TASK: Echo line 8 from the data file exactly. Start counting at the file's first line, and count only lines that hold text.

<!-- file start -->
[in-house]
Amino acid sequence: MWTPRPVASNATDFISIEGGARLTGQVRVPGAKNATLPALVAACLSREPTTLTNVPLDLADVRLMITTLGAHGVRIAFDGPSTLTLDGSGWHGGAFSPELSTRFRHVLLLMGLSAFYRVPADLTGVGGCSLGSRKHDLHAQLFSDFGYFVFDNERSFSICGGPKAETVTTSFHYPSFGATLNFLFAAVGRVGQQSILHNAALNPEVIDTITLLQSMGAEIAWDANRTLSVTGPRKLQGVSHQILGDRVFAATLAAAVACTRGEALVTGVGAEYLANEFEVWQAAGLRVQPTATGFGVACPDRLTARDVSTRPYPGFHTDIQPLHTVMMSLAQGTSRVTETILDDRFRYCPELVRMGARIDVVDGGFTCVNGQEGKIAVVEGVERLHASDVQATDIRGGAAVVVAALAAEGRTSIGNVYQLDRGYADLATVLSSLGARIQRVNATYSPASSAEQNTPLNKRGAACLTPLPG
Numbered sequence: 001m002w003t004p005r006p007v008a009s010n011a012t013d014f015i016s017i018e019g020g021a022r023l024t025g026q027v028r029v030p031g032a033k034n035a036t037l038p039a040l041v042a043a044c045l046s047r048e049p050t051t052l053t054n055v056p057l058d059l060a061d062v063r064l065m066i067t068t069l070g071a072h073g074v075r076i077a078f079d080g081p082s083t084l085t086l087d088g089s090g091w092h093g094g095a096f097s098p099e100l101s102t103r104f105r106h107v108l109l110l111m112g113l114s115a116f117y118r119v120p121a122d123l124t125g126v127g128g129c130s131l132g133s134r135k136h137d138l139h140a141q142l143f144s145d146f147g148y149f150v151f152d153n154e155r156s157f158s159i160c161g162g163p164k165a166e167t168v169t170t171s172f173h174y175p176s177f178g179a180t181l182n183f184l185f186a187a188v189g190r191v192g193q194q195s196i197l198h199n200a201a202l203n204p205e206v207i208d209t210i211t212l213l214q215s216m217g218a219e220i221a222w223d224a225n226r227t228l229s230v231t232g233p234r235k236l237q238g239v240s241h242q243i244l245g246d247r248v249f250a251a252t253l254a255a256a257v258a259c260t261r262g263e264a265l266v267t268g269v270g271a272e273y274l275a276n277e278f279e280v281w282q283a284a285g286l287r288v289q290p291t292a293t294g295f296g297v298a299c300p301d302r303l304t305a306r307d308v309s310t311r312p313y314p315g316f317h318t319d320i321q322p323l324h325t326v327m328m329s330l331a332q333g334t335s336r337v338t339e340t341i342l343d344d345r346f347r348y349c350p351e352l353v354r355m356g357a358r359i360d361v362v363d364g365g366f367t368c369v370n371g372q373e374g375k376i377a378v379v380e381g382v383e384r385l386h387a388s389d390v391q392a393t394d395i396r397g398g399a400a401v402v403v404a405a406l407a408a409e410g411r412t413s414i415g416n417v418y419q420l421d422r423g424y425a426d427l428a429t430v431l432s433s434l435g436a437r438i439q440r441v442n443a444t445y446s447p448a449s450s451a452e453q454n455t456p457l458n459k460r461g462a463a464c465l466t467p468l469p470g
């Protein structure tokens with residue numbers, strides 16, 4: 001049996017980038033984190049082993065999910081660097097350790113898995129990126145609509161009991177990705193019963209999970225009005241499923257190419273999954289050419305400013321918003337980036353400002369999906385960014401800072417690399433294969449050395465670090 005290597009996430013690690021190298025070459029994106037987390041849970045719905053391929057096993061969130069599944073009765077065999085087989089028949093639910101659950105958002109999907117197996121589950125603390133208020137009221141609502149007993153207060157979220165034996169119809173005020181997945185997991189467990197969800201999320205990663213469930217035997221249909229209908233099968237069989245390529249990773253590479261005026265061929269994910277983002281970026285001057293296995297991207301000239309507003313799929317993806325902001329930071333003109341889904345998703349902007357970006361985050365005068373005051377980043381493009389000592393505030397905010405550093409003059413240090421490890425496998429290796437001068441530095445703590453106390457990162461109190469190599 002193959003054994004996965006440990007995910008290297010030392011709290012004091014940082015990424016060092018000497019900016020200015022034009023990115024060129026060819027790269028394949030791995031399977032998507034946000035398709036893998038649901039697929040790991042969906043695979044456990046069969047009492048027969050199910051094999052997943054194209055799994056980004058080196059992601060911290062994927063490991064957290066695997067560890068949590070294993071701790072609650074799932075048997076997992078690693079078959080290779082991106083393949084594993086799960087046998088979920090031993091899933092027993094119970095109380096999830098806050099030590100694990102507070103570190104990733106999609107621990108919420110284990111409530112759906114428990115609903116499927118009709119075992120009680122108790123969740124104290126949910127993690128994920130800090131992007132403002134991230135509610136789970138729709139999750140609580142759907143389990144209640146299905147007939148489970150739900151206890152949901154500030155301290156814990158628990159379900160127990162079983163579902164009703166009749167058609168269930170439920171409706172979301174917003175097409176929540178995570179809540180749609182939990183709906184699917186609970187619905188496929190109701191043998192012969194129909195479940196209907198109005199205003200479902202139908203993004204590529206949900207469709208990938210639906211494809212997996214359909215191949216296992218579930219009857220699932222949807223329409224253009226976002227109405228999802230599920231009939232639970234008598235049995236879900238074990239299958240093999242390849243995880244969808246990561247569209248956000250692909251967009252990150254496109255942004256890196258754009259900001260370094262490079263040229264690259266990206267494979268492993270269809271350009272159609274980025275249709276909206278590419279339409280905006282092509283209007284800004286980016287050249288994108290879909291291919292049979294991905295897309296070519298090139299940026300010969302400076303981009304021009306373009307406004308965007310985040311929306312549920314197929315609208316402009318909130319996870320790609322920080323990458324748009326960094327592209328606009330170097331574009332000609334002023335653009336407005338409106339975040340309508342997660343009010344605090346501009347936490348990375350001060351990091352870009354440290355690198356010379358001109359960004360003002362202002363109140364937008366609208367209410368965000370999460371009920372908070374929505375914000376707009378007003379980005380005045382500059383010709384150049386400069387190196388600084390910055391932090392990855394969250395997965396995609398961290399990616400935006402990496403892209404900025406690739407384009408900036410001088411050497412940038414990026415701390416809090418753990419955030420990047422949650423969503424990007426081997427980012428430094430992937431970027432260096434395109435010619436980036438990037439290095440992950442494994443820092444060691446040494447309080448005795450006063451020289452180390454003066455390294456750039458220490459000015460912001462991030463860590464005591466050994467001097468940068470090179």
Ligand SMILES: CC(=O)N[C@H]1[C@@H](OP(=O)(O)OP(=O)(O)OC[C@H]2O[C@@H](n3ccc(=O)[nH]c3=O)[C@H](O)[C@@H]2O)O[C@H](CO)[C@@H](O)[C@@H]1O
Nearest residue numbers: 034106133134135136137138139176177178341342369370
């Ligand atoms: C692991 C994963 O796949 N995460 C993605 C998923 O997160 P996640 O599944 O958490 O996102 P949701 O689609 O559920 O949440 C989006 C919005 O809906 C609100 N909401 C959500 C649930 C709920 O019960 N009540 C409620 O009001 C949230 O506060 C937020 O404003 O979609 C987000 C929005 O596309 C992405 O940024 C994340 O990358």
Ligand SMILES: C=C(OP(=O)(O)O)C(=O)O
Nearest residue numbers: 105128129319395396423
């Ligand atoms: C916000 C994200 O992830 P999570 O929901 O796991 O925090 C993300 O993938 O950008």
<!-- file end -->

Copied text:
Ligand SMILES: C=C(OP(=O)(O)O)C(=O)O